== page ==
Creating Common Ground: Architecture For Tactical Learning and Creative Convergence
Sherry, Valerie Lynn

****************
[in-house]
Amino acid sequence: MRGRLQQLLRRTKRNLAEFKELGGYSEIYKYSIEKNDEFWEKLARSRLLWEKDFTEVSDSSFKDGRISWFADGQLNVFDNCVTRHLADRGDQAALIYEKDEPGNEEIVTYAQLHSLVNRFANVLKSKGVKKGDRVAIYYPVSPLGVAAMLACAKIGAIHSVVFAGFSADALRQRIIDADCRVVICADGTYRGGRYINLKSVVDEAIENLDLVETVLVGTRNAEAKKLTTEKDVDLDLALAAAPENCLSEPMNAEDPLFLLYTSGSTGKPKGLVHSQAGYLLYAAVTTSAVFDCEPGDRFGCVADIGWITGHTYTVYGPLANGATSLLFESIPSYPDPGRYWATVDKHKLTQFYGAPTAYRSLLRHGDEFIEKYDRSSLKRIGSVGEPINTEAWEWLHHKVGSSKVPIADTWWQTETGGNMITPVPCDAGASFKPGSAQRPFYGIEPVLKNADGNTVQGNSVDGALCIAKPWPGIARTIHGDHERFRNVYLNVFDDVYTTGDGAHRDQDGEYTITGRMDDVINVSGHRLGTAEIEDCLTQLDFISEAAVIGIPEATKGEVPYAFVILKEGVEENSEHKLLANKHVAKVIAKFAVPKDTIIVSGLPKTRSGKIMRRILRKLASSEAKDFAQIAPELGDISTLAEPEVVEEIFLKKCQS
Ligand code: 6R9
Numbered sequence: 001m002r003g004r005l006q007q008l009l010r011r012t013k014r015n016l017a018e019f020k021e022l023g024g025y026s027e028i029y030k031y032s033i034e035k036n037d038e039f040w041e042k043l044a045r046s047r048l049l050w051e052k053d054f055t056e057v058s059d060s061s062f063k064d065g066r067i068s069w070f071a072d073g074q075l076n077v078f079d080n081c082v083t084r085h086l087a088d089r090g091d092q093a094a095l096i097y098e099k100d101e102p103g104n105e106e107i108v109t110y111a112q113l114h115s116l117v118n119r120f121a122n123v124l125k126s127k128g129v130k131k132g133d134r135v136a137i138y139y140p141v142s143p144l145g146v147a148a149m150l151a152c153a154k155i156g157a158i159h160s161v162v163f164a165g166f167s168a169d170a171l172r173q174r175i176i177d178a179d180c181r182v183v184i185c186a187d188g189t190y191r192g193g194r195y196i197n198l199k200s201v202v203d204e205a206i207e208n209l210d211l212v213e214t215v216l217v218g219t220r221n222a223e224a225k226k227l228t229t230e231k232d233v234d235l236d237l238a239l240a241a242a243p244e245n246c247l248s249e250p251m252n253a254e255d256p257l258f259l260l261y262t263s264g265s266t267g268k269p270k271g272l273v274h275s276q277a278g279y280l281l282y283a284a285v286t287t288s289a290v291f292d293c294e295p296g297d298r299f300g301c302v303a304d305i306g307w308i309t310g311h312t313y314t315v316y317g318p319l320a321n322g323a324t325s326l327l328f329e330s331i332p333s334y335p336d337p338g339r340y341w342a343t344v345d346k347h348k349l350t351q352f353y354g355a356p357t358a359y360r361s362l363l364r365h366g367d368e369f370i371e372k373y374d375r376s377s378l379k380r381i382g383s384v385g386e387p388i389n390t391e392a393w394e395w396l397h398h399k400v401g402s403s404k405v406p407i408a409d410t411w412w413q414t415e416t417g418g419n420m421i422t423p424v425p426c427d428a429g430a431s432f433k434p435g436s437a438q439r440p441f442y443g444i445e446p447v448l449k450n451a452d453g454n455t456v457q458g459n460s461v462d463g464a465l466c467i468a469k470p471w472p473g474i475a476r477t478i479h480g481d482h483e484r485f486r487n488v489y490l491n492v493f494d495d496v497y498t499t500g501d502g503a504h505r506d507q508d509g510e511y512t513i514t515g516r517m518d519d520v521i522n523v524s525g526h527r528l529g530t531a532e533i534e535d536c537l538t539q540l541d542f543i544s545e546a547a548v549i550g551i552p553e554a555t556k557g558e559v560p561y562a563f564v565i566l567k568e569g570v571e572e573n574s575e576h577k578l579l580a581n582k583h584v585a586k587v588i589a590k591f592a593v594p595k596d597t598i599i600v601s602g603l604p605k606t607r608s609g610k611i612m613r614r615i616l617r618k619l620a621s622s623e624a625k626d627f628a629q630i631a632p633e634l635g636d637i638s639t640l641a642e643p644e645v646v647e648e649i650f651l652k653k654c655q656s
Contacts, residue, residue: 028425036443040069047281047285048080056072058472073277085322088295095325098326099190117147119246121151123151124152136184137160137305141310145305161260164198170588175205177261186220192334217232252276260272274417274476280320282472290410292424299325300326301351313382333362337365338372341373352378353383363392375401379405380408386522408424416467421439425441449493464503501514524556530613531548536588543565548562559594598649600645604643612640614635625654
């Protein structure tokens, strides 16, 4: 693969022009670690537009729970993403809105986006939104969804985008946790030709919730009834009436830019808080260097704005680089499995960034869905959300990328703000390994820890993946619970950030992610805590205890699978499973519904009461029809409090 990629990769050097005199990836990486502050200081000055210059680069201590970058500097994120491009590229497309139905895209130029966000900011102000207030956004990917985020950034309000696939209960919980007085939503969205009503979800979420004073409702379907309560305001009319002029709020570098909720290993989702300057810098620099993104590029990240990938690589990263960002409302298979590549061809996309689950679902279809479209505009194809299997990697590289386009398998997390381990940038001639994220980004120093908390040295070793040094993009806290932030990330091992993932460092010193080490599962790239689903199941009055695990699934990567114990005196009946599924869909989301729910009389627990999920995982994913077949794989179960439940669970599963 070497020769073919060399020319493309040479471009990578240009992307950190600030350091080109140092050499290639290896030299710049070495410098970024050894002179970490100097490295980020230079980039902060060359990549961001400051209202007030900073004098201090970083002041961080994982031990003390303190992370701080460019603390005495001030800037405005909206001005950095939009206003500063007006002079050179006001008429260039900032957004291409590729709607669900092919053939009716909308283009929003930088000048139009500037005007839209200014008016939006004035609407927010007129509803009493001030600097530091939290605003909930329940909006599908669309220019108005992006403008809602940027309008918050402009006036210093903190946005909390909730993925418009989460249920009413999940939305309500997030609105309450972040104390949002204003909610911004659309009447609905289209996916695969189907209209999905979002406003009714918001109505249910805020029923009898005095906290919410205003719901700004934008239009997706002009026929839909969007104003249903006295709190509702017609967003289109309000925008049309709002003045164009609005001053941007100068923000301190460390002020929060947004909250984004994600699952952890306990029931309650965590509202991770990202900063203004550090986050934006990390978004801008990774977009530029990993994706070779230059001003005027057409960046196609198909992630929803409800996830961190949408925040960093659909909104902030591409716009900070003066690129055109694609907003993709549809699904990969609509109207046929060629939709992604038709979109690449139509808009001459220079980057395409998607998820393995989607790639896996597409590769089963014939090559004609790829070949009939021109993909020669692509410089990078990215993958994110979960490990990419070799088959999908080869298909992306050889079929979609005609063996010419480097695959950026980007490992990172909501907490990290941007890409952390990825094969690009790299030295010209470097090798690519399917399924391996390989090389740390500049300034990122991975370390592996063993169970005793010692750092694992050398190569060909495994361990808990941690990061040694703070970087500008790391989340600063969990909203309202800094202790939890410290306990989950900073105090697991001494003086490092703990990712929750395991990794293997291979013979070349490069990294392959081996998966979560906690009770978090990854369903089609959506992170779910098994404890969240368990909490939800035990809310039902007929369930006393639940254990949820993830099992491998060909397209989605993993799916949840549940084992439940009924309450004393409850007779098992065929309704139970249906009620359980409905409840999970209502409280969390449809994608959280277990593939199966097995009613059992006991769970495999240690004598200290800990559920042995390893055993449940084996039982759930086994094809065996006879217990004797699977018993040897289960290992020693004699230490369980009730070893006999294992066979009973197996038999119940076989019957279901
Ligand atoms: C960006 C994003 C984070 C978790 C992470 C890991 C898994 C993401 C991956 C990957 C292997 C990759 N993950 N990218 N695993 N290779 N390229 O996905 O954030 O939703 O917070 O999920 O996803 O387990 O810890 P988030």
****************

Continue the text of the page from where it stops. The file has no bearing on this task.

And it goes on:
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Certain environments can inhibit learning and stifle enthusiasm, while others enhance learning or stimulate curiosity. Furthermore, in a world where technological change is accelerating we could ask how might architecture connect resource abundant and resource scarce innovation environments? Innovation environments developed out of necessity within urban villages and those developed with high intention and expectation within more institutionalized settings share a framework of opportunity for addressing change through learning and education. This thesis investigates formal and informal learning environments and how architecture can stimulate curiosity, enrich learning, create common ground, and expand access to education. The reason for this thesis exploration is to better understand how architects might design inclusive environments that bring people together to build sustainable infrastructure encouraging innovation and adaptation to change for years to come. The context of this thesis is largely based on Colin McFarlane’s theory that the “city is an assemblage for learning” The socio-spatial perspective in urbanism, considers how built infrastructure and society interact. Through the urban realm, inhabitants learn to negotiate people, space, politics, and resources affecting their daily lives. The city is therefore a dynamic field of emergent possibility. This thesis uses the city as a lens through which the boundaries between informal and formal logics as well as the public and private might be blurred. Through analytical processes I have examined the environmental devices and assemblage of factors that consistently provide conditions through which learning may thrive. These parameters that make a creative space significant can help suggest the design of common ground environments through which innovation is catalyzed.